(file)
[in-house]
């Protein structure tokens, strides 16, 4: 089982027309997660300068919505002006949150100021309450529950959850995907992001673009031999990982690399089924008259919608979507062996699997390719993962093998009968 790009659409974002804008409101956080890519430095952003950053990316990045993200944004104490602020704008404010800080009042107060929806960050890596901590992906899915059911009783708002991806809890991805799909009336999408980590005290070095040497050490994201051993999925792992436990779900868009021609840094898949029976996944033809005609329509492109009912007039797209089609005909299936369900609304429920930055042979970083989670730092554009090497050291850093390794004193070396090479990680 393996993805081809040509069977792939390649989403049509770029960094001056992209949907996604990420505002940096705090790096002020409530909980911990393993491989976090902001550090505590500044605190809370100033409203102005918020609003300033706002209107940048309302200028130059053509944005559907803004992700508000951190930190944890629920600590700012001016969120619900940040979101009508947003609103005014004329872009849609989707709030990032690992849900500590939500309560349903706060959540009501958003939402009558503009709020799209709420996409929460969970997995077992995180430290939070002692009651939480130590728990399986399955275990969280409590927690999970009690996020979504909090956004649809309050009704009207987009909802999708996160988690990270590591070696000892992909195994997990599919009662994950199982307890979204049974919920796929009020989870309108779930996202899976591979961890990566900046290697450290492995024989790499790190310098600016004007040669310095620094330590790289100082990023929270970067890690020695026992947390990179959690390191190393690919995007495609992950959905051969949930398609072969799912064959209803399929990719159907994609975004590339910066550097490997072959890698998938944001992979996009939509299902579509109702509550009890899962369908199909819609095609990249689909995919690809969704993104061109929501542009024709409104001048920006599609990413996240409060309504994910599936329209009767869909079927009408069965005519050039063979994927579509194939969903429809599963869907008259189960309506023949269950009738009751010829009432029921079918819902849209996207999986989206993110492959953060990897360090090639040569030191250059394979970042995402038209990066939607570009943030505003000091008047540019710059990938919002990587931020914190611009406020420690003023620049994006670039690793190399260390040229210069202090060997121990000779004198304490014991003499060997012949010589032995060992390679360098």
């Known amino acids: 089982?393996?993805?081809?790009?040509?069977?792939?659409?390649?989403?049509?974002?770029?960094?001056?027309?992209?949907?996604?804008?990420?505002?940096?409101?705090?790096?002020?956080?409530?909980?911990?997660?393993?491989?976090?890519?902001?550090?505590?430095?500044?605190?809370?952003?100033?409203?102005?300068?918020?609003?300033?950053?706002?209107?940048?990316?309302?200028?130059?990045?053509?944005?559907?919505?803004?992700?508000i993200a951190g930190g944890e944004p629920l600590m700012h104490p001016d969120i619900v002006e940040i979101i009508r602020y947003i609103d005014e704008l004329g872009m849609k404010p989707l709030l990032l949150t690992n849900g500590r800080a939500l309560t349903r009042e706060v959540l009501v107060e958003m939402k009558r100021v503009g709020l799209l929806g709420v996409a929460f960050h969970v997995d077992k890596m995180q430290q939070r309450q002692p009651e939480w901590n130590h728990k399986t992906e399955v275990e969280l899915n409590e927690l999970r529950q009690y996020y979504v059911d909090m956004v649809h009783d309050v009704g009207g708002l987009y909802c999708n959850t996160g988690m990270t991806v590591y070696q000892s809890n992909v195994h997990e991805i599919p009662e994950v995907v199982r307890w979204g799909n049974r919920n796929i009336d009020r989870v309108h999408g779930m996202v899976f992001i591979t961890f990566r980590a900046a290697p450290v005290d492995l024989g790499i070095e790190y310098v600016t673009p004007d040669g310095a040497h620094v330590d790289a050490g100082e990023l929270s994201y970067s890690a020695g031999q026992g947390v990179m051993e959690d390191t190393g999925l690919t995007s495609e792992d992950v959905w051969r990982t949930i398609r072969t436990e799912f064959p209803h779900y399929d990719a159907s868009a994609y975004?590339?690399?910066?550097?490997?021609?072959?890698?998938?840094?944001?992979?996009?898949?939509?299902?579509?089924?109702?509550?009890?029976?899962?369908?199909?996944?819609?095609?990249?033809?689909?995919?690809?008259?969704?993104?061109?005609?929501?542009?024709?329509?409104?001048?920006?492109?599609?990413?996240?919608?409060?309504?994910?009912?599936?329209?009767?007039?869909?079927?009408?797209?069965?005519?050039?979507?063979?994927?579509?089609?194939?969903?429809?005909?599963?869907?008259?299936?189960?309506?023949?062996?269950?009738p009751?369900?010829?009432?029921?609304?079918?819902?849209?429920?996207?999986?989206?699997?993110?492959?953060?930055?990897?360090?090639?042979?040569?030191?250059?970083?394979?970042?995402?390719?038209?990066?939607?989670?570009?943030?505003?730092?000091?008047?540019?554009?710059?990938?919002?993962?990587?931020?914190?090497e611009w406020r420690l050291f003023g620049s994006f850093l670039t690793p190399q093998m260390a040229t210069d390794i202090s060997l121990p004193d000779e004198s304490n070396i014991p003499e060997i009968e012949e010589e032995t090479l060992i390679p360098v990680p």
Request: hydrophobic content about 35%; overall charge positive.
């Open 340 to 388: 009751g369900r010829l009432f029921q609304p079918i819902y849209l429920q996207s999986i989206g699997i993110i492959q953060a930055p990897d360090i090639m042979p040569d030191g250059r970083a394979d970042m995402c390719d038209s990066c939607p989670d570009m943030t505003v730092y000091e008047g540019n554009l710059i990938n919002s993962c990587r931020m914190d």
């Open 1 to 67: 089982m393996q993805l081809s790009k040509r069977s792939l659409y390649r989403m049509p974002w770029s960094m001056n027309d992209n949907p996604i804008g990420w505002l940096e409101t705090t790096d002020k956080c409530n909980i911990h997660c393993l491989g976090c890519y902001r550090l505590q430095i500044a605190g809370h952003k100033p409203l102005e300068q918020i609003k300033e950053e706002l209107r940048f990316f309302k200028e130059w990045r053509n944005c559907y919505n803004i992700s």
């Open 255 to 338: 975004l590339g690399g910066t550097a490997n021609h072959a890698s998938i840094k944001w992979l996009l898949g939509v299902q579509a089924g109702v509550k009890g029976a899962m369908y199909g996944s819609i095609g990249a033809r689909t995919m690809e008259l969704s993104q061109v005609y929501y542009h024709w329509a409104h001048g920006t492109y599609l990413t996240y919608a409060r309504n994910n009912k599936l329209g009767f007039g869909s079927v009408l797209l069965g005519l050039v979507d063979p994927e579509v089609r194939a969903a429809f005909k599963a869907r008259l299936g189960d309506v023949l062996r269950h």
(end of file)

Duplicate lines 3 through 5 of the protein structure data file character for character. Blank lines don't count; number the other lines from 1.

């Known amino acids: 089982?393996?993805?081809?790009?040509?069977?792939?659409?390649?989403?049509?974002?770029?960094?001056?027309?992209?949907?996604?804008?990420?505002?940096?409101?705090?790096?002020?956080?409530?909980?911990?997660?393993?491989?976090?890519?902001?550090?505590?430095?500044?605190?809370?952003?100033?409203?102005?300068?918020?609003?300033?950053?706002?209107?940048?990316?309302?200028?130059?990045?053509?944005?559907?919505?803004?992700?508000i993200a951190g930190g944890e944004p629920l600590m700012h104490p001016d969120i619900v002006e940040i979101i009508r602020y947003i609103d005014e704008l004329g872009m849609k404010p989707l709030l990032l949150t690992n849900g500590r800080a939500l309560t349903r009042e706060v959540l009501v107060e958003m939402k009558r100021v503009g709020l799209l929806g709420v996409a929460f960050h969970v997995d077992k890596m995180q430290q939070r309450q002692p009651e939480w901590n130590h728990k399986t992906e399955v275990e969280l899915n409590e927690l999970r529950q009690y996020y979504v059911d909090m956004v649809h009783d309050v009704g009207g708002l987009y909802c999708n959850t996160g988690m990270t991806v590591y070696q000892s809890n992909v195994h997990e991805i599919p009662e994950v995907v199982r307890w979204g799909n049974r919920n796929i009336d009020r989870v309108h999408g779930m996202v899976f992001i591979t961890f990566r980590a900046a290697p450290v005290d492995l024989g790499i070095e790190y310098v600016t673009p004007d040669g310095a040497h620094v330590d790289a050490g100082e990023l929270s994201y970067s890690a020695g031999q026992g947390v990179m051993e959690d390191t190393g999925l690919t995007s495609e792992d992950v959905w051969r990982t949930i398609r072969t436990e799912f064959p209803h779900y399929d990719a159907s868009a994609y975004?590339?690399?910066?550097?490997?021609?072959?890698?998938?840094?944001?992979?996009?898949?939509?299902?579509?089924?109702?509550?009890?029976?899962?369908?199909?996944?819609?095609?990249?033809?689909?995919?690809?008259?969704?993104?061109?005609?929501?542009?024709?329509?409104?001048?920006?492109?599609?990413?996240?919608?409060?309504?994910?009912?599936?329209?009767?007039?869909?079927?009408?797209?069965?005519?050039?979507?063979?994927?579509?089609?194939?969903?429809?005909?599963?869907?008259?299936?189960?309506?023949?062996?269950?009738p009751?369900?010829?009432?029921?609304?079918?819902?849209?429920?996207?999986?989206?699997?993110?492959?953060?930055?990897?360090?090639?042979?040569?030191?250059?970083?394979?970042?995402?390719?038209?990066?939607?989670?570009?943030?505003?730092?000091?008047?540019?554009?710059?990938?919002?993962?990587?931020?914190?090497e611009w406020r420690l050291f003023g620049s994006f850093l670039t690793p190399q093998m260390a040229t210069d390794i202090s060997l121990p004193d000779e004198s304490n070396i014991p003499e060997i009968e012949e010589e032995t090479l060992i390679p360098v990680p």
Request: hydrophobic content about 35%; overall charge positive.
């Open 340 to 388: 009751g369900r010829l009432f029921q609304p079918i819902y849209l429920q996207s999986i989206g699997i993110i492959q953060a930055p990897d360090i090639m042979p040569d030191g250059r970083a394979d970042m995402c390719d038209s990066c939607p989670d570009m943030t505003v730092y000091e008047g540019n554009l710059i990938n919002s993962c990587r931020m914190d």